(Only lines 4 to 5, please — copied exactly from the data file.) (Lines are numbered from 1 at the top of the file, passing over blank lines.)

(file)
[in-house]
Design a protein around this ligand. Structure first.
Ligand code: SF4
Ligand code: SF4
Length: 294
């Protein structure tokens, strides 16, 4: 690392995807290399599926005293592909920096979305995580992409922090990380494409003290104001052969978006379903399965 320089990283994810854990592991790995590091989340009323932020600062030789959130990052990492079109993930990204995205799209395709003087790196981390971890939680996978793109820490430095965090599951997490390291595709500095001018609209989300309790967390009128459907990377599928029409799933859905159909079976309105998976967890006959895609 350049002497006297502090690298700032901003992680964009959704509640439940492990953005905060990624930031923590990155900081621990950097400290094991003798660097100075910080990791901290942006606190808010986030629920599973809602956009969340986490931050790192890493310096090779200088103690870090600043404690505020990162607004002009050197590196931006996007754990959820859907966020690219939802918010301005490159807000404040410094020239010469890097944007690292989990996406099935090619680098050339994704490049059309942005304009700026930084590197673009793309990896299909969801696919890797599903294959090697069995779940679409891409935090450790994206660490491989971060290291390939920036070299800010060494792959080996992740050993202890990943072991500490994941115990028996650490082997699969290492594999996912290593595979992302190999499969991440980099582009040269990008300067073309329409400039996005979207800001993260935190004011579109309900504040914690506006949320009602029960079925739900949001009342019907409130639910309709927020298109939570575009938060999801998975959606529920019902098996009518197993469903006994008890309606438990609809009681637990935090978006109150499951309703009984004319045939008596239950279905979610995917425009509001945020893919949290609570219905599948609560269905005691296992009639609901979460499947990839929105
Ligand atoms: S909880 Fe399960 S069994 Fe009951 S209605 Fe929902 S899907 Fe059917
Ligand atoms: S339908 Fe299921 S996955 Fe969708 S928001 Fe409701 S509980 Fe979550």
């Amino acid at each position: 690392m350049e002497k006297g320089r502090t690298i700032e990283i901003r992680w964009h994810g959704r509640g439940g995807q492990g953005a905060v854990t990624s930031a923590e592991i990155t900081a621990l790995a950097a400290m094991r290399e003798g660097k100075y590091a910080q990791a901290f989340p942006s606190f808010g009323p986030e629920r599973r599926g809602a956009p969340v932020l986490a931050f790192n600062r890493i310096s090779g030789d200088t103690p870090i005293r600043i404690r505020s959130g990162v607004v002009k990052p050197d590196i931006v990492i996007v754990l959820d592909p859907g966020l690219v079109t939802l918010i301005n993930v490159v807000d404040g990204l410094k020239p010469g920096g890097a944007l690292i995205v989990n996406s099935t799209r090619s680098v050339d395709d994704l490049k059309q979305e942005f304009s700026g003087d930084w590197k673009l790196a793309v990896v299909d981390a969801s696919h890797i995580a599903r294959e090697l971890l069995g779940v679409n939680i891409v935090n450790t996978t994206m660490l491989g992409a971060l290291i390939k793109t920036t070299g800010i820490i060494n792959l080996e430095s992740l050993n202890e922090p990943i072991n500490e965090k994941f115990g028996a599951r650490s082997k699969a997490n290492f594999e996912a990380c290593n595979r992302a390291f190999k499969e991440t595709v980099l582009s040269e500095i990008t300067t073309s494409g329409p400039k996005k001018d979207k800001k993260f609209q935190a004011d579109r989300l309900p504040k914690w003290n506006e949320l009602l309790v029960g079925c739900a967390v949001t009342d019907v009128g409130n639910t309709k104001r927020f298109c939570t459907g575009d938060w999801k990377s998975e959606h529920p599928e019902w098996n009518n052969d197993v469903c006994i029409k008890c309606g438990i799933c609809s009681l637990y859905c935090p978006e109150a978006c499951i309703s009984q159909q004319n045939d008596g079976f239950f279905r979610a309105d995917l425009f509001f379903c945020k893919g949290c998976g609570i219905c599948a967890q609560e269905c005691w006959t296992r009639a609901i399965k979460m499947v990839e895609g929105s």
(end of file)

Ligand code: SF4
Length: 294